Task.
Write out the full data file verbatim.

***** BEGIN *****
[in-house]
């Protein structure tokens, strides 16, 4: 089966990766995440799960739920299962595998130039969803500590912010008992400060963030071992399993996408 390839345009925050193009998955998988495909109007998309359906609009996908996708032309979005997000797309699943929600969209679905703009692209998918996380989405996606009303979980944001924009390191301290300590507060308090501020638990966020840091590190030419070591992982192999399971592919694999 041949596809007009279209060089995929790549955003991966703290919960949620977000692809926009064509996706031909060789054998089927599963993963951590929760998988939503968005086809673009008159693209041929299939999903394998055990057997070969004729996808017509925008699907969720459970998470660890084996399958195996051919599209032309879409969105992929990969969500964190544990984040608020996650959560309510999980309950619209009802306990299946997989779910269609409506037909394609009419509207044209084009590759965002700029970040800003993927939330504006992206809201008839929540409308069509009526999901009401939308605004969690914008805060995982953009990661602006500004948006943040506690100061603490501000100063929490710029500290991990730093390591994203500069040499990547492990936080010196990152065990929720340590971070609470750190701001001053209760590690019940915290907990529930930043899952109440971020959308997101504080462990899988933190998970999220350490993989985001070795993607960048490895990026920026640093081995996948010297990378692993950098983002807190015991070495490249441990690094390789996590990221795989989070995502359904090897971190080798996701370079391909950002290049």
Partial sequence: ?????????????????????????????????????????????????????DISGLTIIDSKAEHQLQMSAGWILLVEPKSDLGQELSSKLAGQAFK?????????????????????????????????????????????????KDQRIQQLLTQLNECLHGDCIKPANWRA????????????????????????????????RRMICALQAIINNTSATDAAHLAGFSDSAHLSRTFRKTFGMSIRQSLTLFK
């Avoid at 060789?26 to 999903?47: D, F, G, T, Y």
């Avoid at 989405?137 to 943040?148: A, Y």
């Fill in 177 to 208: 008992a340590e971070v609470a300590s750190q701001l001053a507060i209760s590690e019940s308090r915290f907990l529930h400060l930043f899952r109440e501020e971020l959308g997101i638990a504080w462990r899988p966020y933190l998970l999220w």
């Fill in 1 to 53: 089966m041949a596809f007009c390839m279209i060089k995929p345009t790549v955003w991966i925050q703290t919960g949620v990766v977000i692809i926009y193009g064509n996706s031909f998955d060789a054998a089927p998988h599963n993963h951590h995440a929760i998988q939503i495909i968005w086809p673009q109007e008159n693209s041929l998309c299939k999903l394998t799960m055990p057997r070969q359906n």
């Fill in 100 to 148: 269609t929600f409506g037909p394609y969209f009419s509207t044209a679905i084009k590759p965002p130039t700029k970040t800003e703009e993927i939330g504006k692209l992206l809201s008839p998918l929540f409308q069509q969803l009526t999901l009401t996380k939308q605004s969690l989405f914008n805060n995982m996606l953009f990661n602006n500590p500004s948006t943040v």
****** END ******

[in-house]
């Protein structure tokens, strides 16, 4: 089966990766995440799960739920299962595998130039969803500590912010008992400060963030071992399993996408 390839345009925050193009998955998988495909109007998309359906609009996908996708032309979005997000797309699943929600969209679905703009692209998918996380989405996606009303979980944001924009390191301290300590507060308090501020638990966020840091590190030419070591992982192999399971592919694999 041949596809007009279209060089995929790549955003991966703290919960949620977000692809926009064509996706031909060789054998089927599963993963951590929760998988939503968005086809673009008159693209041929299939999903394998055990057997070969004729996808017509925008699907969720459970998470660890084996399958195996051919599209032309879409969105992929990969969500964190544990984040608020996650959560309510999980309950619209009802306990299946997989779910269609409506037909394609009419509207044209084009590759965002700029970040800003993927939330504006992206809201008839929540409308069509009526999901009401939308605004969690914008805060995982953009990661602006500004948006943040506690100061603490501000100063929490710029500290991990730093390591994203500069040499990547492990936080010196990152065990929720340590971070609470750190701001001053209760590690019940915290907990529930930043899952109440971020959308997101504080462990899988933190998970999220350490993989985001070795993607960048490895990026920026640093081995996948010297990378692993950098983002807190015991070495490249441990690094390789996590990221795989989070995502359904090897971190080798996701370079391909950002290049």
Partial sequence: ?????????????????????????????????????????????????????DISGLTIIDSKAEHQLQMSAGWILLVEPKSDLGQELSSKLAGQAFK?????????????????????????????????????????????????KDQRIQQLLTQLNECLHGDCIKPANWRA????????????????????????????????RRMICALQAIINNTSATDAAHLAGFSDSAHLSRTFRKTFGMSIRQSLTLFK
């Avoid at 060789?26 to 999903?47: D, F, G, T, Y």
């Avoid at 989405?137 to 943040?148: A, Y």
């Fill in 177 to 208: 008992a340590e971070v609470a300590s750190q701001l001053a507060i209760s590690e019940s308090r915290f907990l529930h400060l930043f899952r109440e501020e971020l959308g997101i638990a504080w462990r899988p966020y933190l998970l999220w």
């Fill in 1 to 53: 089966m041949a596809f007009c390839m279209i060089k995929p345009t790549v955003w991966i925050q703290t919960g949620v990766v977000i692809i926009y193009g064509n996706s031909f998955d060789a054998a089927p998988h599963n993963h951590h995440a929760i998988q939503i495909i968005w086809p673009q109007e008159n693209s041929l998309c299939k999903l394998t799960m055990p057997r070969q359906n």
């Fill in 100 to 148: 269609t929600f409506g037909p394609y969209f009419s509207t044209a679905i084009k590759p965002p130039t700029k970040t800003e703009e993927i939330g504006k692209l992206l809201s008839p998918l929540f409308q069509q969803l009526t999901l009401t996380k939308q605004s969690l989405f914008n805060n995982m996606l953009f990661n602006n500590p500004s948006t943040v």